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Study Shows Our Brains Can Identify Reality in an Instant

30 November 2016

If you are concerned about androids posing as human beings and taking over the world at some point in the future, a new study by University of California, Berkeley, researchers may set your mind at ease. The study’s findings, published in the journal Nature Communications, indicate that humans can distinguish between what is alive and what is simulated in just 250 milliseconds.

It took less than a second for you to decide she is not real.  /Image credit: It took less than a second for you to decide she is not real. /Image credit: This visual mechanism, “ensemble lifelikeness perception,” helps us determine how we perceive groups of objects and people in real and virtual or artificial worlds—an increasingly important skill as technology advances aim to blur that line with augmented reality, virtual reality and artificial intelligence.

The mechanism also guides us to determine the overall level of activity in a scene—in essence, to find “the action” in any given location, says the study’s lead author Allison Yamanashi Leib, a postdoctoral student in psychology at UC Berkeley.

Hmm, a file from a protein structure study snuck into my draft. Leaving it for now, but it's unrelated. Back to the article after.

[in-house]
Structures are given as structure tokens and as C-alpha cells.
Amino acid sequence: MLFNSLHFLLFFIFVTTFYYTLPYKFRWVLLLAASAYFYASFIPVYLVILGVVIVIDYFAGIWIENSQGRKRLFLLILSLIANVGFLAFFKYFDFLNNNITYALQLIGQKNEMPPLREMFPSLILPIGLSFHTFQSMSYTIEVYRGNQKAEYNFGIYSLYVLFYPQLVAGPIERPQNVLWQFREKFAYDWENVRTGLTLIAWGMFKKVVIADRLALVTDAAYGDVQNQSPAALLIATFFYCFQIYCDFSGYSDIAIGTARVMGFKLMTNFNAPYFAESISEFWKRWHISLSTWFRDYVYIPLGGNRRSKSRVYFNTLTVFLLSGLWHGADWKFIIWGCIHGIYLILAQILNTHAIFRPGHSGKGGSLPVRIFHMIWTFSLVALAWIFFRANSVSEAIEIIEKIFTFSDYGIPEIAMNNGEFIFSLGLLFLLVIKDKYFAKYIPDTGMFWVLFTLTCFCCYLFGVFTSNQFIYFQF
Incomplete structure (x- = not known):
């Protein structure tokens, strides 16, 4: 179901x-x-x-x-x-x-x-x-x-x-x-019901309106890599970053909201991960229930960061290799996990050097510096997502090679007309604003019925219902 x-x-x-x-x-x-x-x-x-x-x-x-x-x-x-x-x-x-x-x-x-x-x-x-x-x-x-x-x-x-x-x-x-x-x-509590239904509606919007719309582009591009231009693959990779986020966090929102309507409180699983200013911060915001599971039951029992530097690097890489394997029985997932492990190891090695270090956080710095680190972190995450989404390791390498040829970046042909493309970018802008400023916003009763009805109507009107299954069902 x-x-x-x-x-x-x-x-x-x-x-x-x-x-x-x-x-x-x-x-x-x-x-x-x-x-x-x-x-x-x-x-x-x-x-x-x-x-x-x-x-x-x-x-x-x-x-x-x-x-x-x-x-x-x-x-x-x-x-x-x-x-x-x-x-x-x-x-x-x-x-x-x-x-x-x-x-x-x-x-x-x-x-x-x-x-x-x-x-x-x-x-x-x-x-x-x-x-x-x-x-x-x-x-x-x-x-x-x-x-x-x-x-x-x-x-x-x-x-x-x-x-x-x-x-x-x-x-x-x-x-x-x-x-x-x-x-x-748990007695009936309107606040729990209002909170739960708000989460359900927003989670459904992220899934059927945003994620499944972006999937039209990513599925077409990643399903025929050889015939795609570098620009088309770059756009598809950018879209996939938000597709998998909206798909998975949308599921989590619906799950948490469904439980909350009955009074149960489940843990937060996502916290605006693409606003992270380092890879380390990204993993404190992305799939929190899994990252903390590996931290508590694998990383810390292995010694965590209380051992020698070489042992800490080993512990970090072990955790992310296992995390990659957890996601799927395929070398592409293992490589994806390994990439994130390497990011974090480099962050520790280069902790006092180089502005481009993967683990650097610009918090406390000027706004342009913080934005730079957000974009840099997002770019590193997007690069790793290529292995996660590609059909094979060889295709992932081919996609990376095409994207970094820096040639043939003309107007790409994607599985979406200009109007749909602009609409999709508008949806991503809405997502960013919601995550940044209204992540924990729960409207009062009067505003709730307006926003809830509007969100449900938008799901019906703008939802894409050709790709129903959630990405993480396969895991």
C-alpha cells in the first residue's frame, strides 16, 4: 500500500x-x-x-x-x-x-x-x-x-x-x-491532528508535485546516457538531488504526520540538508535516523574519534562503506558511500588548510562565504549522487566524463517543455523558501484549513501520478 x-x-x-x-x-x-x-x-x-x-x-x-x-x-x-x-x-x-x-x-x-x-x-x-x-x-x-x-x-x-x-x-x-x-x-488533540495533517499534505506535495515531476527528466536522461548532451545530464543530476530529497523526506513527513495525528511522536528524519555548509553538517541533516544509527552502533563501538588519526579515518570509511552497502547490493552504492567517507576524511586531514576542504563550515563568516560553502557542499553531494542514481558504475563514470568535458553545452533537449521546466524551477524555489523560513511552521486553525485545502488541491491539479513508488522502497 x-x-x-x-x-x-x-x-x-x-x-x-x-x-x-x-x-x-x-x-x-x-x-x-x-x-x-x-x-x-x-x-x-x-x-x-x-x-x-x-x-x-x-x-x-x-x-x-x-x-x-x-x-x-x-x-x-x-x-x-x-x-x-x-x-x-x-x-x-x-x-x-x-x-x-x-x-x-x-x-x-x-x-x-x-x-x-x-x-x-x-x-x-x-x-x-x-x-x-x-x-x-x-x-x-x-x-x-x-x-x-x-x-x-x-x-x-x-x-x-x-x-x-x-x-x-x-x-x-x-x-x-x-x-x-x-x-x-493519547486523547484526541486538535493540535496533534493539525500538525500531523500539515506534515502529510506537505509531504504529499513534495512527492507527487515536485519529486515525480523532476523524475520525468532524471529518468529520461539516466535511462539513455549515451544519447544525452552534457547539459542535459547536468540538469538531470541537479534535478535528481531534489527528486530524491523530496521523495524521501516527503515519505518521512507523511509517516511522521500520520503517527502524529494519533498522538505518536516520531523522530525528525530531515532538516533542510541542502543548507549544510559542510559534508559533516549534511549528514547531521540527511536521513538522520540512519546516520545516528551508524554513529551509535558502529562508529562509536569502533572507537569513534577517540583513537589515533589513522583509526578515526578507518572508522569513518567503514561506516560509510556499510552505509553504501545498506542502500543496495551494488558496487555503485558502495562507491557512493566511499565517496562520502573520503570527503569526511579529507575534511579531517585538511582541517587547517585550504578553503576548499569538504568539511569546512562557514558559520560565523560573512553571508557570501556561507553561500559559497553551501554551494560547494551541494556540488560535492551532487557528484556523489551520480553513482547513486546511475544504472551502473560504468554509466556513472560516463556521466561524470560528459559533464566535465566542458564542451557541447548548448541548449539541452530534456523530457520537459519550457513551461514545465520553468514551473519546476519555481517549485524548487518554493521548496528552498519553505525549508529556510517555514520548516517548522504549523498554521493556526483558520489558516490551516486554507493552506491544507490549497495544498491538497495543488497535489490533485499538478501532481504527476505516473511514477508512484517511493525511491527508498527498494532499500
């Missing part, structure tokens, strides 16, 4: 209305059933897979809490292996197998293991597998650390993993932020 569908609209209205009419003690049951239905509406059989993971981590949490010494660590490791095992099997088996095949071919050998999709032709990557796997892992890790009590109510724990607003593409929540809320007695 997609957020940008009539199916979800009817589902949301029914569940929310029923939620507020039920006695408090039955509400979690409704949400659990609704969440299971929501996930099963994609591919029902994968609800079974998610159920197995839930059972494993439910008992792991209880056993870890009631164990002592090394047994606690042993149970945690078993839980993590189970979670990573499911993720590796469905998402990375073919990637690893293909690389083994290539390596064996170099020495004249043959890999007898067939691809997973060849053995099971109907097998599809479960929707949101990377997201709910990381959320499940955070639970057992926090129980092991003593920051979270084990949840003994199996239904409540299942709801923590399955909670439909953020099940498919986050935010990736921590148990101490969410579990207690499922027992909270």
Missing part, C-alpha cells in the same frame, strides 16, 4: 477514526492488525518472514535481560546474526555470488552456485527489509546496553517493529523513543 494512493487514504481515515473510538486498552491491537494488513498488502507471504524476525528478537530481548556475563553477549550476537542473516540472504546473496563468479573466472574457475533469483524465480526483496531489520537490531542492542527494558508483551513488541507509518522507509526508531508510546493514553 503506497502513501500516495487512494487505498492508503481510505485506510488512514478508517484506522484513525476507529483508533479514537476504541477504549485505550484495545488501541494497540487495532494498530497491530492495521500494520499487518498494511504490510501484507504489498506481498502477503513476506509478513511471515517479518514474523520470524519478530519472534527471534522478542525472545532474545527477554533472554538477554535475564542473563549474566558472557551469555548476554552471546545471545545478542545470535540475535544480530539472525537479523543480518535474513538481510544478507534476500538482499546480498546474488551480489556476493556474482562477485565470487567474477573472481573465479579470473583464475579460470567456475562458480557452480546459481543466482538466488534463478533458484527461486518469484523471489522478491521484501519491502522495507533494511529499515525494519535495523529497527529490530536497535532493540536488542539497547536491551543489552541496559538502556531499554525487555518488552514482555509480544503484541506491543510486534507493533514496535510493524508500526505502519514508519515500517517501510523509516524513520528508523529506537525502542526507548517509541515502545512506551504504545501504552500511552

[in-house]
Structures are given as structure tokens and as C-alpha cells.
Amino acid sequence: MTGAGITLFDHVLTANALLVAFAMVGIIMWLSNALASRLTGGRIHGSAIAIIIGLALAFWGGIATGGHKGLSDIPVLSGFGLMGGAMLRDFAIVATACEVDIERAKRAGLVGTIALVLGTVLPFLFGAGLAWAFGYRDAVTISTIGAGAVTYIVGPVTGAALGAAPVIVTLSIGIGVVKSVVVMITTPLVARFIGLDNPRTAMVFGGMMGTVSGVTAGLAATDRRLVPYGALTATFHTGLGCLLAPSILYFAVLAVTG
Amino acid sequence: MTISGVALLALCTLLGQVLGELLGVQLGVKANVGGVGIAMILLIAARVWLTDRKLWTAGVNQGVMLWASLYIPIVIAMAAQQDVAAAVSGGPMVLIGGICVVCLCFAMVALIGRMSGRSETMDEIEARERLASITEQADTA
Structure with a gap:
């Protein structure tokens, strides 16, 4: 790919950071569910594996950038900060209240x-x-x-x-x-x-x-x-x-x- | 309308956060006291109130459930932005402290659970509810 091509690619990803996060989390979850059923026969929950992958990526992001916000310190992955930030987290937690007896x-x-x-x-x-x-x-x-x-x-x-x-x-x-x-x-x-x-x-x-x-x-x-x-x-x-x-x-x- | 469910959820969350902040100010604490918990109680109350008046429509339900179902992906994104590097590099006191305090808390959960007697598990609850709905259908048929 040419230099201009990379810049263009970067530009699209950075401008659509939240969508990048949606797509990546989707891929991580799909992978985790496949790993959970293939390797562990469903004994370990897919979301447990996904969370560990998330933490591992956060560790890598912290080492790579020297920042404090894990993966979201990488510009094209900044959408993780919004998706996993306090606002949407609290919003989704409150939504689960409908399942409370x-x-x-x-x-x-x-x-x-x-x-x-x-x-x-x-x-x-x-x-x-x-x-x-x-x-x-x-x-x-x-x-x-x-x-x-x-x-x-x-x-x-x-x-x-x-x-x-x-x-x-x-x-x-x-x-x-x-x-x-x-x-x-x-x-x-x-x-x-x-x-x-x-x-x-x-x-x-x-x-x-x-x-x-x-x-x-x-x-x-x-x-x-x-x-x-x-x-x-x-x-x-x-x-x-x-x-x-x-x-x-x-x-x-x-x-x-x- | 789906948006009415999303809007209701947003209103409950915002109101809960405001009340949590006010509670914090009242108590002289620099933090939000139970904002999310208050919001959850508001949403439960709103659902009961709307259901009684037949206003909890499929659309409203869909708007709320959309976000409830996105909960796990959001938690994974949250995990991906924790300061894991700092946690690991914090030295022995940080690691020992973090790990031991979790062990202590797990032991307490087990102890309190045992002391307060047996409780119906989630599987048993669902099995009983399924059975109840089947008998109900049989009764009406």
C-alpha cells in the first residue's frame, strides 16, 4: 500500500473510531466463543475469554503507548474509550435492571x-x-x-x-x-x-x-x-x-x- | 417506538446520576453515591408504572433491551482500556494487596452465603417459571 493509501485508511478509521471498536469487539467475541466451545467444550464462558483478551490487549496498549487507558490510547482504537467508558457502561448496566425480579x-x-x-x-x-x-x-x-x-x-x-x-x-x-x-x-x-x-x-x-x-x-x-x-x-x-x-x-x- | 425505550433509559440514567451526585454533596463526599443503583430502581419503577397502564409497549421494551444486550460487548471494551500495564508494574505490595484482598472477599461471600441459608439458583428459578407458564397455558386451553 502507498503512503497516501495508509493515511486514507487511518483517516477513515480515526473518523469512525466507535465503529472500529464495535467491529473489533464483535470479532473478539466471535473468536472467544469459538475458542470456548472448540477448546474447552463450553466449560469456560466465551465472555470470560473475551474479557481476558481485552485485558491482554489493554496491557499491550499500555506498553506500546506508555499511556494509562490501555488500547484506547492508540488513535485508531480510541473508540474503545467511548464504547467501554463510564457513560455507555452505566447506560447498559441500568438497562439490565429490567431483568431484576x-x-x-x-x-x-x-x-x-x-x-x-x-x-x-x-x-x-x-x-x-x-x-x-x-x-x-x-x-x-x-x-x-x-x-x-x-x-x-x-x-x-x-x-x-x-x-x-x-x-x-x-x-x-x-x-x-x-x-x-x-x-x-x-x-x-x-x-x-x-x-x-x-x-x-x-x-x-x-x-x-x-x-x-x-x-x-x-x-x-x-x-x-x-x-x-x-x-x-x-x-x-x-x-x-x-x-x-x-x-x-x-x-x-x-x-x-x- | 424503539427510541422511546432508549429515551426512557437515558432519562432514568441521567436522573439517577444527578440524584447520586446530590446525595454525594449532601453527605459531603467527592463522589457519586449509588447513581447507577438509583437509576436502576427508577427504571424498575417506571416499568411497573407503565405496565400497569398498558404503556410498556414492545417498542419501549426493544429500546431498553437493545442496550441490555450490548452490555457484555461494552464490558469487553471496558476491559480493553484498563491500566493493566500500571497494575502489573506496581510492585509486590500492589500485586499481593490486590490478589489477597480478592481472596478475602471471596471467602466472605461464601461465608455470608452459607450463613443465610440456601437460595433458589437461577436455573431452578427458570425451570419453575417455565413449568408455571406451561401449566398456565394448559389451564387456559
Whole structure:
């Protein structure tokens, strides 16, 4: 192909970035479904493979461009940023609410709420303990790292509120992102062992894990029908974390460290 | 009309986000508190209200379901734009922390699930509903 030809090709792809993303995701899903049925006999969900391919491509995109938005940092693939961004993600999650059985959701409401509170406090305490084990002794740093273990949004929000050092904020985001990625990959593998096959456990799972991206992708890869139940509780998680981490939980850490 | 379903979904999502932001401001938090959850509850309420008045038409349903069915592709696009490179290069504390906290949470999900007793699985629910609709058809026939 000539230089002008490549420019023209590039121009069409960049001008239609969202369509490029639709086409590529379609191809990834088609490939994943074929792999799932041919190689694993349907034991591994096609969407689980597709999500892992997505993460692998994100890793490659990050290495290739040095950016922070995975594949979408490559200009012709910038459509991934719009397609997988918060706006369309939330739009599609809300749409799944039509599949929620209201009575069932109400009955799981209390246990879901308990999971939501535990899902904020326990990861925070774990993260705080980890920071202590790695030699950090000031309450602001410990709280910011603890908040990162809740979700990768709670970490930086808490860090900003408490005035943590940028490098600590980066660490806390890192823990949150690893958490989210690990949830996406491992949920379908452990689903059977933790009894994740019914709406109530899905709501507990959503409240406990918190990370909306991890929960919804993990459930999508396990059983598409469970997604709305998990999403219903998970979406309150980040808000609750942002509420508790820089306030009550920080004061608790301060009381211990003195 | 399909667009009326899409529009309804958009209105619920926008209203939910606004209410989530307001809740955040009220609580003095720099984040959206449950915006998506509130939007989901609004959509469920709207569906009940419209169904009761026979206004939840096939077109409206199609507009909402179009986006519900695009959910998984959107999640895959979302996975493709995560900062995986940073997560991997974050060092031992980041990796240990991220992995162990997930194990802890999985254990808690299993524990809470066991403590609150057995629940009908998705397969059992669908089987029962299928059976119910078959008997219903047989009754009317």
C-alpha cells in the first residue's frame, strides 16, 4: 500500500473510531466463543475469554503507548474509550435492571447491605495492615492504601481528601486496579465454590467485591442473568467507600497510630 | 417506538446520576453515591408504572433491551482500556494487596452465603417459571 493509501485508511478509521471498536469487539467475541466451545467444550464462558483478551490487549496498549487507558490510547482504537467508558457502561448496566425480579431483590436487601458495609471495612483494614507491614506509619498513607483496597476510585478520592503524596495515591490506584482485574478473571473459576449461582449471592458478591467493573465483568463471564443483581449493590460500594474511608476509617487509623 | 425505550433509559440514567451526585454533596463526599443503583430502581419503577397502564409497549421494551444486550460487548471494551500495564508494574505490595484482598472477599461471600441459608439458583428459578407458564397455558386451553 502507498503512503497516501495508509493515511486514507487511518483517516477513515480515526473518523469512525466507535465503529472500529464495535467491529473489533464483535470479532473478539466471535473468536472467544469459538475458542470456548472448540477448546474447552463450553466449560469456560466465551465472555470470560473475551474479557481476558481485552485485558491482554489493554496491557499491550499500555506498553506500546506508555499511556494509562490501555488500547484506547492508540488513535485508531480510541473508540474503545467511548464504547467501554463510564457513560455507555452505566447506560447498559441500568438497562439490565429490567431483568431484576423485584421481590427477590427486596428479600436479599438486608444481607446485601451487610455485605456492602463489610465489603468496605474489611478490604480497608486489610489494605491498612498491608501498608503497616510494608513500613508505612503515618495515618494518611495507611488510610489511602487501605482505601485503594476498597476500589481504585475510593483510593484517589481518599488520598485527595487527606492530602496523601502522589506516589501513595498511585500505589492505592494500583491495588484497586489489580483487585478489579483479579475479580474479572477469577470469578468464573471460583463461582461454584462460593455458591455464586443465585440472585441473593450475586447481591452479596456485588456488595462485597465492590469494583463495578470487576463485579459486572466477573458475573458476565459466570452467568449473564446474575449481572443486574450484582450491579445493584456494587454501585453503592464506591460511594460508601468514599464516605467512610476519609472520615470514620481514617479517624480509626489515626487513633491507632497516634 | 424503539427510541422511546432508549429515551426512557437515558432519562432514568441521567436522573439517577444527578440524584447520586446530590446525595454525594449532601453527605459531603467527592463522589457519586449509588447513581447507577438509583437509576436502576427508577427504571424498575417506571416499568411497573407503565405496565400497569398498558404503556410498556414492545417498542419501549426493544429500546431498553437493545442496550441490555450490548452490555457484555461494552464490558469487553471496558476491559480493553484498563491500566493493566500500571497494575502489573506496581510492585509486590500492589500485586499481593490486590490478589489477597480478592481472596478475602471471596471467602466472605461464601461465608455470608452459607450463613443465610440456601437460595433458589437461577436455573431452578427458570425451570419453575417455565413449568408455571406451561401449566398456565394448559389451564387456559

The study turns conventional wisdom on its head, as vision scientists had previously assumed humans had to factor in multiple details and take time to determine if a person or object is animated. But, in fact, the study shows we make these decisions accurately without any conscious deliberation.

In the study, researchers conducted 12 experiments on 68 healthy adults with normal vision. The study participants viewed groups of images and rated them on a scale of one to 10 based on their average lifelikeness. Participants assessed the images accurately in a mere 250 milliseconds. Additionally, in a related memory experiment, researchers discovered that while participants often forgot the fine details of a set of images, they remembered which ensembles of images were lifelike.

Ensemble lifelikeness perception may not only help protect us from an android overtaking us in the future—it is also a powerful coping mechanism right now to help us sort out the world, assess threats and determine how to react to our environment.

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